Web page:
from the United States District Court for the Southern
District of Mississippi
OWEN, Chief Judge, and HAYNES and COSTA, Circuit Judges.
question is whether Mississippi aggravated assault, Miss.
Code Ann. § 97-3-7(2) (West 1997), is a violent felony
under the Armed Career Criminal Act, 18 U.S.C. § 924(e).
We conclude that it is.
Armed Career Criminal Act (ACCA) imposes a fifteen-year
minimum sentence on a defendant who is convicted of being a
felon in possession of a firearm and has three previous
convictions for "violent felon[ies]" or
"serious drug offense[s]." 18 U.S.C. §
924(e)(1). Absent those prior convictions, the punishment
range for the felon-in-possession offense is much
lower-between zero and ten years. Id. §§
defines "violent felony" as a crime punishable by
more than a year of imprisonment that (1) "has as an
element the use, attempted use, or threatened use of physical
force against the person of another" (the elements
clause); (2) is burglary, arson, extortion, or involves the
use of explosives (the enumerated offenses clause); or (3)
"otherwise involves conduct that presents a serious
potential risk of physical injury to another" (the
residual clause). 18 U.S.C. § 924(e)(2)(B); United
States v. Taylor, 873 F.3d 476, 477 n.1 (5th Cir. 2017).
Johnson v. United States, 135 S.Ct. 2551 (2015),
held that the last of these definitions, the residual clause,
is unconstitutionally vague. Id. at 2563. Soon
after, the Supreme Court announced that Johnson
retroactively applies to cases on collateral review.
Welch v. United States, 136 S.Ct. 1257, 1265 (2016).
Griffin invokes Johnson in this collateral challenge
to his 2008 conviction for being a felon in possession of a
firearm. The district court sentenced him as an armed career
criminal after finding that he had three convictions for
violent felonies. Two of his convictions were for Mississippi
strong arm robbery. His third was for Mississippi aggravated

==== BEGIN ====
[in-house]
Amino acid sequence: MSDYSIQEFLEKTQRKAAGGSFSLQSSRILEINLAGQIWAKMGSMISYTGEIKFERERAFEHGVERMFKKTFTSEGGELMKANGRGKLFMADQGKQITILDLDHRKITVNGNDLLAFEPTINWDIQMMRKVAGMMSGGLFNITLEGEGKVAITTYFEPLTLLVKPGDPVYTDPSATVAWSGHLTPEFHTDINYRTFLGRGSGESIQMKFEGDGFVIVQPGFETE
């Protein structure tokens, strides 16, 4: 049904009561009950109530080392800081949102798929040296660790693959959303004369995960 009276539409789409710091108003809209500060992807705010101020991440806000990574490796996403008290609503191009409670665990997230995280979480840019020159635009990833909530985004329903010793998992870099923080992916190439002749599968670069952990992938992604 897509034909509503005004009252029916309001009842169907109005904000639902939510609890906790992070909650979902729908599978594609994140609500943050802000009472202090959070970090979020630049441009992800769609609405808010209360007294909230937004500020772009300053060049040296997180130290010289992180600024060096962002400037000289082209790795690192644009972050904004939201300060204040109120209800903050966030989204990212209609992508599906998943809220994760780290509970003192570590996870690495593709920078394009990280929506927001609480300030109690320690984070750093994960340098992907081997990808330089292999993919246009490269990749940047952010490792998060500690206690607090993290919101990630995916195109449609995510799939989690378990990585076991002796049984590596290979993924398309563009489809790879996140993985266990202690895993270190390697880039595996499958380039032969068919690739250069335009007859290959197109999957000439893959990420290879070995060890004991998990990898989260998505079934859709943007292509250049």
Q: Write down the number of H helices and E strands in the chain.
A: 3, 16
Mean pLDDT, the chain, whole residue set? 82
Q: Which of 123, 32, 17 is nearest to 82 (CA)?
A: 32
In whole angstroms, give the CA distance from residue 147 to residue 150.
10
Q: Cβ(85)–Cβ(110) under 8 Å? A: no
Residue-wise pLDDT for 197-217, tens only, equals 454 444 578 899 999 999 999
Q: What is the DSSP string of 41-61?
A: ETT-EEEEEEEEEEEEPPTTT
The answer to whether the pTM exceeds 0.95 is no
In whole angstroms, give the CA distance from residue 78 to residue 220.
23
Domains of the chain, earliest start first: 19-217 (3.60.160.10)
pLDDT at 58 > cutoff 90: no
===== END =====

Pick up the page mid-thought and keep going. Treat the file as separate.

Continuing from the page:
assault. The court thus imposed the ACCA's fifteen-year
a year of Johnson, Griffin filed a successive
section 2255 petition challenging his sentence. See
28 U.S.C. § 2255(f)(3). After we authorized Griffin to
file the petition, the district court denied it on the
merits. The district court ruled that Griffin's three
predicate offenses still constituted violent felonies under
the ACCA's elements clause, which Johnson did
not affect. Although Griffin sought permission to appeal the
classification of all three predicates as violent felonies,
we granted him a certificate of appealability on only one
issue: "whether the district court erred by denying
[his] § 2255 motion based on its determination that
Mississippi aggravated assault constitutes a violent felony
ruling on the motion for postconviction relief, the district
court recognized that it relied on the residual clause at
Griffin's 2008 sentencing. Accordingly, there is
jurisdiction to consider this successive habeas application.
United States v. Clay, 921 F.3d 550, 559 (5th Cir.
reliance on the residual clause was harmless if Griffin's
three convictions also satisfied the other, still-valid
definitions of "violent felony." The certificate of
appealability limits our review to Griffin's aggravated
assault conviction. Because the ACCA does not list aggravated
assault in its enumerated offense clause, Griffin's
petition turns on whether Mississippi aggravated assault is a
violent felony under the elements clause.
Griffin was convicted of aggravated assault, the Mississippi
statute read as follows:
A person is guilty of aggravated assault if he (a) attempts
to cause serious bodily injury to another, or causes such
injury purposely, knowingly or recklessly under circumstances
manifesting extreme indifference to the value of human life;
or (b) attempts to cause or purposely or knowingly causes
bodily injury to another with a ...